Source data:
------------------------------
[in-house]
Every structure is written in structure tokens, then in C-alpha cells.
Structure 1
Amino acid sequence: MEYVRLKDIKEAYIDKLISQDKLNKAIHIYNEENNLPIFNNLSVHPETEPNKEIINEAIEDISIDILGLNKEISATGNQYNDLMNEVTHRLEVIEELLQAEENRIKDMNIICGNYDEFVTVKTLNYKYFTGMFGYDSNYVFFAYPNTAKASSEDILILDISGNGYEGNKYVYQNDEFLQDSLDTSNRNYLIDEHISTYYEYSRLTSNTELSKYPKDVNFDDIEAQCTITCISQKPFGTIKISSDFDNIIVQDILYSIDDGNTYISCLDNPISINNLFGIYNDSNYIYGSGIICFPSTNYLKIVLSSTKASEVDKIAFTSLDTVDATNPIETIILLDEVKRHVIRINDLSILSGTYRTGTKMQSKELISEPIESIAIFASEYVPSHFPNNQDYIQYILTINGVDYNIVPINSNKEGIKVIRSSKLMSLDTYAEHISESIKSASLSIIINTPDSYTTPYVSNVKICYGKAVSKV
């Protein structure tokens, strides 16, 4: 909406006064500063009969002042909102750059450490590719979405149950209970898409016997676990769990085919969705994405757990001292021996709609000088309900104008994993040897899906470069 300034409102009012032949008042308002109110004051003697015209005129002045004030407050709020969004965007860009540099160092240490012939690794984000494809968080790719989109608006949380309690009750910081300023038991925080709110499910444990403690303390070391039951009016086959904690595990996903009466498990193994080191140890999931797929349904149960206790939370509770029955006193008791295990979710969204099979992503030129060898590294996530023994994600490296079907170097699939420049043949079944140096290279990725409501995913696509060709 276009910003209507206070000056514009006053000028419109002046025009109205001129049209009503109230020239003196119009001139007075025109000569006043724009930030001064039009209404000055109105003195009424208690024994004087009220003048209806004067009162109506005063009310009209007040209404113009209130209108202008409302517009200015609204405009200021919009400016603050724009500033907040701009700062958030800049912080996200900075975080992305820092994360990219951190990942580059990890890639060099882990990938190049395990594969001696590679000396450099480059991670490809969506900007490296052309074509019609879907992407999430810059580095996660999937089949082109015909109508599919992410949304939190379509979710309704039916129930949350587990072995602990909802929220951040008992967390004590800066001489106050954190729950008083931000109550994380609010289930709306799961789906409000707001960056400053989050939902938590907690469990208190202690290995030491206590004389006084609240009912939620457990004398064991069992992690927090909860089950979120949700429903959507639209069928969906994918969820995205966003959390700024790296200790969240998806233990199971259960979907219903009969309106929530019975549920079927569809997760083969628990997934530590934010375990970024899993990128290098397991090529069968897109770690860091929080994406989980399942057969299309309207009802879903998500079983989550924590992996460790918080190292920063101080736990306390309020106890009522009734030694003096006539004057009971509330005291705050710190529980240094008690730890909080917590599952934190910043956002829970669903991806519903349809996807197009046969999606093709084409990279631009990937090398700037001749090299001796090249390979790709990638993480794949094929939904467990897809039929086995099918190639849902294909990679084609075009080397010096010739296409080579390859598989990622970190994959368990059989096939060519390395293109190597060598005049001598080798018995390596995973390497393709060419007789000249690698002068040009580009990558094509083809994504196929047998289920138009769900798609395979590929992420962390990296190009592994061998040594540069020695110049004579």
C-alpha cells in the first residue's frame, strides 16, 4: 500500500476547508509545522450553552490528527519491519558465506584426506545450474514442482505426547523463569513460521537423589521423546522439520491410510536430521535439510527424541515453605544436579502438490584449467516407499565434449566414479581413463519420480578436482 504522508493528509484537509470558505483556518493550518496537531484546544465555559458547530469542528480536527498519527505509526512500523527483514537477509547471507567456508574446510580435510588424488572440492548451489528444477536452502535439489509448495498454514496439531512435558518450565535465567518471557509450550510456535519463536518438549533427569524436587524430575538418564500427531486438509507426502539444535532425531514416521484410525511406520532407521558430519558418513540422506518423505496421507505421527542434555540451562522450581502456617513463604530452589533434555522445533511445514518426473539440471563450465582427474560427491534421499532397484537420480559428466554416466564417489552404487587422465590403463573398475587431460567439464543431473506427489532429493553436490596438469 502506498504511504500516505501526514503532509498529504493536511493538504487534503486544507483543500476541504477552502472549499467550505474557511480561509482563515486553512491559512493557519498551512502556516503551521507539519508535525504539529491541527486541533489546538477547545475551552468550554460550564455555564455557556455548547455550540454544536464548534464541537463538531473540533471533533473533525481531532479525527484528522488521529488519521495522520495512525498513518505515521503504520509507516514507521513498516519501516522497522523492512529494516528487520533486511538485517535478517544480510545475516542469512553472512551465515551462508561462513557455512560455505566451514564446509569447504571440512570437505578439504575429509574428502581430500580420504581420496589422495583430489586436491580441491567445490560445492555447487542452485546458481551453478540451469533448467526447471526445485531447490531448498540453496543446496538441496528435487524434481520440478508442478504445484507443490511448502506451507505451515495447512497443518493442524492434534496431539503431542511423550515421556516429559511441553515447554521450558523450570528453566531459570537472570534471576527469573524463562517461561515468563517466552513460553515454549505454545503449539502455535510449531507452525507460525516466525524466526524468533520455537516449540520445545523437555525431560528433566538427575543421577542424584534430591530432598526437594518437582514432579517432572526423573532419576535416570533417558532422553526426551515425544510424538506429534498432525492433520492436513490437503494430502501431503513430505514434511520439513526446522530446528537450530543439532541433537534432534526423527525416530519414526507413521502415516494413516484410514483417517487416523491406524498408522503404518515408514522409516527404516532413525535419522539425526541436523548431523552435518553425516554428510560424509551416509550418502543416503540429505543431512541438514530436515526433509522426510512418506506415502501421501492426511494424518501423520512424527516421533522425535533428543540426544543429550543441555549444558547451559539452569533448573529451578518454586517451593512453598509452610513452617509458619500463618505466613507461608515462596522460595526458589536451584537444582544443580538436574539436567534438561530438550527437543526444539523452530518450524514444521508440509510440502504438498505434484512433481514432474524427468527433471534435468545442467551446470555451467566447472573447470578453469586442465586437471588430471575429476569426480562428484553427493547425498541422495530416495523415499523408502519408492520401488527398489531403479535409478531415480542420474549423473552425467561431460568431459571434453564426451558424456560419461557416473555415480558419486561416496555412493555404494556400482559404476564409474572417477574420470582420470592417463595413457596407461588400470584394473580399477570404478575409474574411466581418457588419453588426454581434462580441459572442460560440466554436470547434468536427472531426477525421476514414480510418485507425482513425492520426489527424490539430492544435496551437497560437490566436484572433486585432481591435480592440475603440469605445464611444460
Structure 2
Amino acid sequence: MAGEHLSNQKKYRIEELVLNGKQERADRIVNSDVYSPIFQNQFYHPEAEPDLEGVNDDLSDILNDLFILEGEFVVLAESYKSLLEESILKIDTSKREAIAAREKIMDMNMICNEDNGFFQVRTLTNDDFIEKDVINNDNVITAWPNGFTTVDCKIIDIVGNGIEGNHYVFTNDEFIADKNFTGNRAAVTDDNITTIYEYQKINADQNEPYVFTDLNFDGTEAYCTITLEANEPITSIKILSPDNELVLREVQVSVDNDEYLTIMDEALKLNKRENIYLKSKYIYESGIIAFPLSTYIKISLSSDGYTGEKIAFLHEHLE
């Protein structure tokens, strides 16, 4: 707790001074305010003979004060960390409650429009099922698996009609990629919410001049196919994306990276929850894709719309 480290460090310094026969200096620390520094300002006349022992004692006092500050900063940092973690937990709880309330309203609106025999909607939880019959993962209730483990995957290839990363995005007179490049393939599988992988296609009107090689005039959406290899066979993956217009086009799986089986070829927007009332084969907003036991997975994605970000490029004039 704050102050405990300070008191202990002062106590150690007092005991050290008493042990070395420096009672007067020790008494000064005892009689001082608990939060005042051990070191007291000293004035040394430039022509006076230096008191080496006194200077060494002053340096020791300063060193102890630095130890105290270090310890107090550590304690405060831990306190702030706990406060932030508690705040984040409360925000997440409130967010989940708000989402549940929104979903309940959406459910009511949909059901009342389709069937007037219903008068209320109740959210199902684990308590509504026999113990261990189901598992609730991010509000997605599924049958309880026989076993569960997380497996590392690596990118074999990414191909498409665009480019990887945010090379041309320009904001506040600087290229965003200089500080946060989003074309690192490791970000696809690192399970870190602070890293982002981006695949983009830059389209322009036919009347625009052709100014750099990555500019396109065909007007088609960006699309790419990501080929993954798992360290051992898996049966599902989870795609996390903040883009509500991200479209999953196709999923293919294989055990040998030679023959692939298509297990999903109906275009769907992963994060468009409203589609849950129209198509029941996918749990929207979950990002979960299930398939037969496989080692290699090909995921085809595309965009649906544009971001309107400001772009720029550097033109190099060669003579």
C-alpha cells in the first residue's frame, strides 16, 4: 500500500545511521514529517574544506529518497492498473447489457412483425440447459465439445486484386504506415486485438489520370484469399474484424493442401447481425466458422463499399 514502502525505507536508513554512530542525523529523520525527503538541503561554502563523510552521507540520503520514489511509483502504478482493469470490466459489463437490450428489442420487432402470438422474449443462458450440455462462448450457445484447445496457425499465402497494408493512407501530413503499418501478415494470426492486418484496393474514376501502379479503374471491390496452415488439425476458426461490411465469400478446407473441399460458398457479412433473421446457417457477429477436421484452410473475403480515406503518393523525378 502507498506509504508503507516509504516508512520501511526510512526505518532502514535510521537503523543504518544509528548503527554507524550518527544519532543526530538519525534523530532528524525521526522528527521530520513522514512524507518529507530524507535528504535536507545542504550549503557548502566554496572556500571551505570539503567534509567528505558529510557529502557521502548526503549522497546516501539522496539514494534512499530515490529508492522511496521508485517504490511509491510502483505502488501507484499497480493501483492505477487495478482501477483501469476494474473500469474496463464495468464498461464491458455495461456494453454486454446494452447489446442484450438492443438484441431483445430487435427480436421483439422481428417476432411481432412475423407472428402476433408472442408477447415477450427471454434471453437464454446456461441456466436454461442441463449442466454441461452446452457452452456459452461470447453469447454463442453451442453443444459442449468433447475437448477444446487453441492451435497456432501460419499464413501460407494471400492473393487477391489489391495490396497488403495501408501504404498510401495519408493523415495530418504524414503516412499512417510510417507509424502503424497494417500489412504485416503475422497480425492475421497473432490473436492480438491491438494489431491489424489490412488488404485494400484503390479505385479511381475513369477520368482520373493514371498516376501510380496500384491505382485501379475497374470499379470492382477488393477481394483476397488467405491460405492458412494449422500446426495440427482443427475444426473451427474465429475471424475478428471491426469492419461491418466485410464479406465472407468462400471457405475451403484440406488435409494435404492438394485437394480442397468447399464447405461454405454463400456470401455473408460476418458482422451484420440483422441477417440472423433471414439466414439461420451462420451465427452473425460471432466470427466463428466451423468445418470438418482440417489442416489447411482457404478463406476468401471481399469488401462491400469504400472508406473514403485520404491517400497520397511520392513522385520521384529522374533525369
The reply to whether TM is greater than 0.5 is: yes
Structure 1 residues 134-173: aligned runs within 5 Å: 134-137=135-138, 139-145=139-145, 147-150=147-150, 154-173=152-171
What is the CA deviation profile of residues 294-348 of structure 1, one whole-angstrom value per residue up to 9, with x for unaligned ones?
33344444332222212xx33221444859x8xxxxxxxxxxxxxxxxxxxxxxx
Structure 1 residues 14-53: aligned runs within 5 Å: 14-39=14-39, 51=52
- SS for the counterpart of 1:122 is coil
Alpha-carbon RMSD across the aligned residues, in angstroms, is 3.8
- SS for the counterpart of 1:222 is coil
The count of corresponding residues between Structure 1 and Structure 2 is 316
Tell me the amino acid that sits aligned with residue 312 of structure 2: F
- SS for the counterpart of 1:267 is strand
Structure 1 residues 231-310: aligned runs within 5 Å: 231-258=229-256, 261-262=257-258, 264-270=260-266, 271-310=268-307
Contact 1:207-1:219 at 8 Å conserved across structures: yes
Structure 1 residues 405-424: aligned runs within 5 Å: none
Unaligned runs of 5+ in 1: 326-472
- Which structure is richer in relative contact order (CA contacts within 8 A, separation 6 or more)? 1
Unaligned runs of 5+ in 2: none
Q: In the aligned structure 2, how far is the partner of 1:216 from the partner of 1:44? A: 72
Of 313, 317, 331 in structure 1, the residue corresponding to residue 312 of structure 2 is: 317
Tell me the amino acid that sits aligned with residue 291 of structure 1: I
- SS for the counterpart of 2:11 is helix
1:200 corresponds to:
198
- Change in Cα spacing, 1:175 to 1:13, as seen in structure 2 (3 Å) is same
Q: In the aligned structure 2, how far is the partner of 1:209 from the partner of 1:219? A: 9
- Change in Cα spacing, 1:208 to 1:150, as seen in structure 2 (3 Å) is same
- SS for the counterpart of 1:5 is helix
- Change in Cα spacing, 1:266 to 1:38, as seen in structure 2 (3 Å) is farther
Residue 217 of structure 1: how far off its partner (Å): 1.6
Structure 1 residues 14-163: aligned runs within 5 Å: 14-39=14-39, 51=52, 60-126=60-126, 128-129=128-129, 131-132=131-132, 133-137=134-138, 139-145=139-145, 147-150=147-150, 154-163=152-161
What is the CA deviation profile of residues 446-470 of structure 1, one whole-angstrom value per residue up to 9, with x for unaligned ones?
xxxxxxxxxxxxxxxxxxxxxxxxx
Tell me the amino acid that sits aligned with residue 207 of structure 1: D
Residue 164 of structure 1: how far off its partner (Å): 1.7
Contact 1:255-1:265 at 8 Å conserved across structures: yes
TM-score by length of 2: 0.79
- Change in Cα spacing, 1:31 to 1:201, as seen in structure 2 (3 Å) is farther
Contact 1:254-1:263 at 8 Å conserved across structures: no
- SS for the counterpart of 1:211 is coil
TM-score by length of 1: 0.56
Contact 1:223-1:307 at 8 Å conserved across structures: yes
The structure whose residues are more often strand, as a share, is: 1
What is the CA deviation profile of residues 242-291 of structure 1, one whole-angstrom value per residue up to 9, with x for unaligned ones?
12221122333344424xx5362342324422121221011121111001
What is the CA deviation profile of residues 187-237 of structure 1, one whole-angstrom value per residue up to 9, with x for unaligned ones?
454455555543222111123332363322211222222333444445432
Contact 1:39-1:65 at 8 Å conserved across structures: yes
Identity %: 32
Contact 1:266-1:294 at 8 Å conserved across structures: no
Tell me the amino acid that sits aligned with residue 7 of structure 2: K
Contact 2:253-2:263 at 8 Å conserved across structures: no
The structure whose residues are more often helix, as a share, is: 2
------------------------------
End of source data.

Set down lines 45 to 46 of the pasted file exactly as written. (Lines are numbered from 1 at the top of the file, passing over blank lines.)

Contact 1:255-1:265 at 8 Å conserved across structures: yes
TM-score by length of 2: 0.79